Safety Assurances Pass Test During Campus Lockdown
For many students on the Skidmore campus, the event Monday, in which a 16-year-old Wilton teen was suspected to be in possession of a handgun after disappearing near Daniels Road following a domestic dispute, was a first with respect to campus lockdowns. And for seniors, it was almost certainly a reminder of the two brief, but nonetheless concerning lockdown incidents that occurred during the fall of our freshman years (the first, you may recall, concerned a runaway rapist loose in the Northwoods parking lot, while the second was ultimately an innocuous bomb threat). Regardless, Monday’s partial shutdown of campus highlighted the commendable ways in which campus safety and other technological assurances serve to successfully combat potentially dangerous situations.
The first praiseworthy element was with respect to Skidmore’s campus safety officers and the Saratoga police department, which seemed to be synchronized wonderfully with one another. This coordination allowed for continuous communication from Skidmore’s Alert Systems, which kept the community abreast with the latest developments. The alerts were very timely and particularly effective from a frequency perspective, as even when no new developments occurred throughout much of the afternoon, the alerts continued to confirm that all precautions were still in place. Also, we would be remiss not to mention the presence of campus safety officers patrolling the campus throughout the afternoon in their vehicles and at the dining hall, which opened at 5 pm even while the partial lockdown was technically still in effect. Their prominent role throughout the day, and in these sort of events more generally, was reassuring.
Of course, the events Monday turned out to be a bit overly-dramatic, as the teen, identified as Bryce Byno, a student at Saratoga Springs High School, was not armed when he was arrested at approximately 6:15 pm. It would be unfair to levy criticisms at any safety organization for being too cautious, as opposed to the alternative.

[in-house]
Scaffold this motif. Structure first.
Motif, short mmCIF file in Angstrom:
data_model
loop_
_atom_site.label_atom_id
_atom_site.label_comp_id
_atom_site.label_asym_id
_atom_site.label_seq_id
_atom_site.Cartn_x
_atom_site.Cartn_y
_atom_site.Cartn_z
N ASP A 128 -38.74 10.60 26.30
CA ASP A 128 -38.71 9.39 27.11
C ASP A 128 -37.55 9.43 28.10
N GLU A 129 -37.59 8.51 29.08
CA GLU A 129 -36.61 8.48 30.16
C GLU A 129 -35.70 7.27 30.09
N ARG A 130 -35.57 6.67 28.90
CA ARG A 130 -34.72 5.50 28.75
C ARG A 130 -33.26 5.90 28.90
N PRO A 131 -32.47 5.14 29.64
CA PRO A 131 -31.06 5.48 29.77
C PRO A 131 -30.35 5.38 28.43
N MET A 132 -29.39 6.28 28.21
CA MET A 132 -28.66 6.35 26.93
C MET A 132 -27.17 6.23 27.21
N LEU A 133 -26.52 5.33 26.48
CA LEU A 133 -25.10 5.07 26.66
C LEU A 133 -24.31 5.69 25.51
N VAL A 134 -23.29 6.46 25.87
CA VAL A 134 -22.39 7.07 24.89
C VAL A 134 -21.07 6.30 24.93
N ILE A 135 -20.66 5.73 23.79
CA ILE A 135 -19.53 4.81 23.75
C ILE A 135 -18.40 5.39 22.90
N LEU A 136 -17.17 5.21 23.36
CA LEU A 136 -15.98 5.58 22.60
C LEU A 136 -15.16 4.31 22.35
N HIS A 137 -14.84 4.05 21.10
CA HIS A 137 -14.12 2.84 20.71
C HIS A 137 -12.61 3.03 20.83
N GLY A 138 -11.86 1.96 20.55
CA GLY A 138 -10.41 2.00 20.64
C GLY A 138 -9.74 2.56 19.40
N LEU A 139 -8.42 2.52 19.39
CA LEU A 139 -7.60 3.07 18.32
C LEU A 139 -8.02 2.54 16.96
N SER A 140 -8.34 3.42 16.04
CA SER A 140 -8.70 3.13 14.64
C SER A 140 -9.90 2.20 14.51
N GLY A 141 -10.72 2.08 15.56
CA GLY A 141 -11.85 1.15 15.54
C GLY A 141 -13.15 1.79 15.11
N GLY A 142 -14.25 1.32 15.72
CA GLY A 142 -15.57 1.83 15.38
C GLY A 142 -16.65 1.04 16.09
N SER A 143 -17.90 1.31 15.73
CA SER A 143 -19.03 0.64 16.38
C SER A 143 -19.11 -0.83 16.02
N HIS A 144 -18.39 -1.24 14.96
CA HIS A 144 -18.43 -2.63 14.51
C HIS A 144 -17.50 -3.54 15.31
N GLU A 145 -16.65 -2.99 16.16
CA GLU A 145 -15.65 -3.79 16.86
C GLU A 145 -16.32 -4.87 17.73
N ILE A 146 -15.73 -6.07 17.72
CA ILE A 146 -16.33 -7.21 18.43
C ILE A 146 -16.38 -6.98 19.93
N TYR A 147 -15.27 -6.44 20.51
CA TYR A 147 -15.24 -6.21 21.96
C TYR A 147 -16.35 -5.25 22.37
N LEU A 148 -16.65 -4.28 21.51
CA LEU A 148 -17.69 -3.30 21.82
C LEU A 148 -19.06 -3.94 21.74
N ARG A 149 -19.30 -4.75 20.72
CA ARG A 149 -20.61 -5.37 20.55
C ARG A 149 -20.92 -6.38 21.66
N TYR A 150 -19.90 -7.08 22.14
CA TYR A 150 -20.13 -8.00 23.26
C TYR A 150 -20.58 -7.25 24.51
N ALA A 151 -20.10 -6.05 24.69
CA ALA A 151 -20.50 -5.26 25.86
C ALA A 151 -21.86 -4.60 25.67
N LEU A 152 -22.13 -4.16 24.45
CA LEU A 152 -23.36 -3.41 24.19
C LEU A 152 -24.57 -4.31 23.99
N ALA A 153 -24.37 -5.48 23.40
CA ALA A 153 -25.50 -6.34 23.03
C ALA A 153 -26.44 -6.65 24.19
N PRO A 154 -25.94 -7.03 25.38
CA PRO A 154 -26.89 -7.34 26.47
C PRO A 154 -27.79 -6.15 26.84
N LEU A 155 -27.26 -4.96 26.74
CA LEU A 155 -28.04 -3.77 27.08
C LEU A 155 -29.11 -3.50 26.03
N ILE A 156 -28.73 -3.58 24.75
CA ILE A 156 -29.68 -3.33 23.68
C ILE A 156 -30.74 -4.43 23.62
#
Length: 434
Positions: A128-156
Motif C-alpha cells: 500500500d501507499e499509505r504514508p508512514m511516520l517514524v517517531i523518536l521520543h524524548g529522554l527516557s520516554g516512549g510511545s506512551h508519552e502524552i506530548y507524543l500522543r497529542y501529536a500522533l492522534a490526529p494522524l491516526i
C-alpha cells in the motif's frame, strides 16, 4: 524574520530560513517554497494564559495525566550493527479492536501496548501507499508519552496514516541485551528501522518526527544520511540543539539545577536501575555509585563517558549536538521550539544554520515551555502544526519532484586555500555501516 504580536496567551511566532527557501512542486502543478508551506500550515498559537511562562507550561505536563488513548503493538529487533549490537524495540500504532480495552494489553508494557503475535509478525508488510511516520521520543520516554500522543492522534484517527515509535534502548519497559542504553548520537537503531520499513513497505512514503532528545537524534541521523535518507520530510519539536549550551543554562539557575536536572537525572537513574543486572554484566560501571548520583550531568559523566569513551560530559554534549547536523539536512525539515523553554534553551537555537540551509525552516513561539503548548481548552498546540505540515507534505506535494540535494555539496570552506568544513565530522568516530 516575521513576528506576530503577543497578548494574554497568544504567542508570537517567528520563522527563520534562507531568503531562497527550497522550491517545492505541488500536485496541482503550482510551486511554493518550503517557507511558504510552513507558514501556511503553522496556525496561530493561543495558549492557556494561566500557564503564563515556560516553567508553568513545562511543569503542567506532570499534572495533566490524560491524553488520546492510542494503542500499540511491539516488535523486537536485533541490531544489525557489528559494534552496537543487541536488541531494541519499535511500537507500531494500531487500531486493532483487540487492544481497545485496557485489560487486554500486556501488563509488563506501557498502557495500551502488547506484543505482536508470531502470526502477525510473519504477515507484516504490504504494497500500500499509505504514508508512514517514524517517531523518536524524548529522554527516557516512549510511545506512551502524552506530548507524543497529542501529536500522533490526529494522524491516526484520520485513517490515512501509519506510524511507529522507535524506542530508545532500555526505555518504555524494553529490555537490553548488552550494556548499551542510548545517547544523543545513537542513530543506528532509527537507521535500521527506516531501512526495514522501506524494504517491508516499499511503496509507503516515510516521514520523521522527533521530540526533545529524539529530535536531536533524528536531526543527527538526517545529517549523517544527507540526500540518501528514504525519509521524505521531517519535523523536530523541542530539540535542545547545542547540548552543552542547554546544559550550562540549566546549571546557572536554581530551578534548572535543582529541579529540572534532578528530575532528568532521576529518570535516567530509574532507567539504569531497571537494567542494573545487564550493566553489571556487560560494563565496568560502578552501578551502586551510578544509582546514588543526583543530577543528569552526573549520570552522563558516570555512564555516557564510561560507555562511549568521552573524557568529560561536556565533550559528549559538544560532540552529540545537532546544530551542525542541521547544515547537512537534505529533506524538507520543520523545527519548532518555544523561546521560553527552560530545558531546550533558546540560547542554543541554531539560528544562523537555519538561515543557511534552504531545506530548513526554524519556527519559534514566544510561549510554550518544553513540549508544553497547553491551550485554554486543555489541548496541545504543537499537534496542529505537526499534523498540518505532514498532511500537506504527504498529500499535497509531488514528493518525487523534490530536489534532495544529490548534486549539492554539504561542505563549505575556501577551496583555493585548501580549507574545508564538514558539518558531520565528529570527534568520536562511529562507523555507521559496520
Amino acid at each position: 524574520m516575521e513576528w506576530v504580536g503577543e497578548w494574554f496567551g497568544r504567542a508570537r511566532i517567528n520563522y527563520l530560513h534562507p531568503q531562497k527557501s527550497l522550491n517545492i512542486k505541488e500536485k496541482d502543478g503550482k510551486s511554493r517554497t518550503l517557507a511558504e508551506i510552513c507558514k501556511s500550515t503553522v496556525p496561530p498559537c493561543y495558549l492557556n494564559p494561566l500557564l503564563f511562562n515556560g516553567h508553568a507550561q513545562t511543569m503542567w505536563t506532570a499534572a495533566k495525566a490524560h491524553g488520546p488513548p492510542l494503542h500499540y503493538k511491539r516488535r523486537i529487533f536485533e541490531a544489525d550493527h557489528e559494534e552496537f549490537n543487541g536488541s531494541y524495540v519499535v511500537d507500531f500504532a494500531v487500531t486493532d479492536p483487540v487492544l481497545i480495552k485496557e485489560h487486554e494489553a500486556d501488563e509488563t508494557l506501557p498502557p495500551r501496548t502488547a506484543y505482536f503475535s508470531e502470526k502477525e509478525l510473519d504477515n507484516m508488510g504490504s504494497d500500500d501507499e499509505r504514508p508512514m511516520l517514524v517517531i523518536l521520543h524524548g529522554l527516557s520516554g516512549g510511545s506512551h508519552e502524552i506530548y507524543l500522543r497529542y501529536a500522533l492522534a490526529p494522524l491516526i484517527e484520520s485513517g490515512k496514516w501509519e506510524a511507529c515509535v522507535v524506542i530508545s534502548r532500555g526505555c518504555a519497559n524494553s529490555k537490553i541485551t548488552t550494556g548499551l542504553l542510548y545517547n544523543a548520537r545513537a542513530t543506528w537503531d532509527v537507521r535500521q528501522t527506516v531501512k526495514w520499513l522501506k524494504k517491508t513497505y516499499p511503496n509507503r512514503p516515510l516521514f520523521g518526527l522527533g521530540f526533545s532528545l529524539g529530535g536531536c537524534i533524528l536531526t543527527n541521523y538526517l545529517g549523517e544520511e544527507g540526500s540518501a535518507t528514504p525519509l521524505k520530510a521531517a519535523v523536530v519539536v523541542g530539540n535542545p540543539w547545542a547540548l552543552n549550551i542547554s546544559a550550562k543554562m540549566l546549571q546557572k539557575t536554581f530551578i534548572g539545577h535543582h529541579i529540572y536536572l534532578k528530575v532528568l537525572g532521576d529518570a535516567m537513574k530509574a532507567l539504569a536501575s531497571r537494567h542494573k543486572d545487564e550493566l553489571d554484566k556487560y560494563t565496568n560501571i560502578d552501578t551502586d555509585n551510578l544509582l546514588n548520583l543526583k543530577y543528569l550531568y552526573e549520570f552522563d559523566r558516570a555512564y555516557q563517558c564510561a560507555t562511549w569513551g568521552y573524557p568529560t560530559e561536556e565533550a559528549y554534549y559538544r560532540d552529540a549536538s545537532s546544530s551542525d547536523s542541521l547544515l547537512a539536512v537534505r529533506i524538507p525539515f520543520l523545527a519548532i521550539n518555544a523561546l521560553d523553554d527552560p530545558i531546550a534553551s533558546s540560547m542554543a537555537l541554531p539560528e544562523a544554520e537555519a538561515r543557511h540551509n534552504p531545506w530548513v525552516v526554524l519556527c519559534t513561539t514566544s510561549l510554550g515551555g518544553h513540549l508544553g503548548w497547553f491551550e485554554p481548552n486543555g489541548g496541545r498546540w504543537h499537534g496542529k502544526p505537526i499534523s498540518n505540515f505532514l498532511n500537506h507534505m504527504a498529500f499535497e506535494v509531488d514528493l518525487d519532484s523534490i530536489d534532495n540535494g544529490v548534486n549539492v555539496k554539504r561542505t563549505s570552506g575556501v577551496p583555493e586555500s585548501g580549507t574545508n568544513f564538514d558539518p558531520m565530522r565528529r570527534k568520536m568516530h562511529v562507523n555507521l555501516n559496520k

Nonetheless, a couple areas of improvement concerning how the details of this situation were communicated to the community can be identified. Most notably, the wording of certain messages--particularly the alert sent at 1:55 pm titled “Classes Suspended Immediately!” that informed students to “return to residence immediately and REMAIN there!”--could have been improved upon. For students on campus to read the word “handgun” in an alert and be told, with accompanying exclamation marks and capital letters, to immediately return to their residences, raised a level of alarm that was in disjunction with a call to masses of students to walk outside to get to a different location.
Again, being overly-cautious is hardly something to criticize heavily. But combined with what many members of the editorial board found to be a very vague first alert regarding the police “investigating a man with a handgun” and little further details (although implied that there is a suspicious situation unfolding, it is technically not illegal for a citizen to carry a handgun), the aforementioned message informing the community of the lockdown could have been worded in a more composed manner, particularly given the ultimate conclusion to the situation.
Fortunately, Monday’s events safely resolved themselves for all parties involved. But these incidents do call for reflection as to how Skidmore--or any college for that matter, particularly non-urban ones--could handle a truly serious threat. While events of this nature are highly unlikely, it would be negligent to note the possible similarity between this recent event and the Sandy Hook shooting, which also stemmed from a domestic disturbance in which the murderer left his home with a weapon. Luckily, Skidmore is situated in a relatively safe area and therefore less likely to be a target for someone with malicious intentions. However, being an open campus means we are comfortable having little security and surveillance precautions at campus entrances and residence halls. At least we can take solace in the fact that the likelihood of horrific events is extremely low, and that the enforcements currently in place are sufficient, as evident throughout Monday’s lockdown.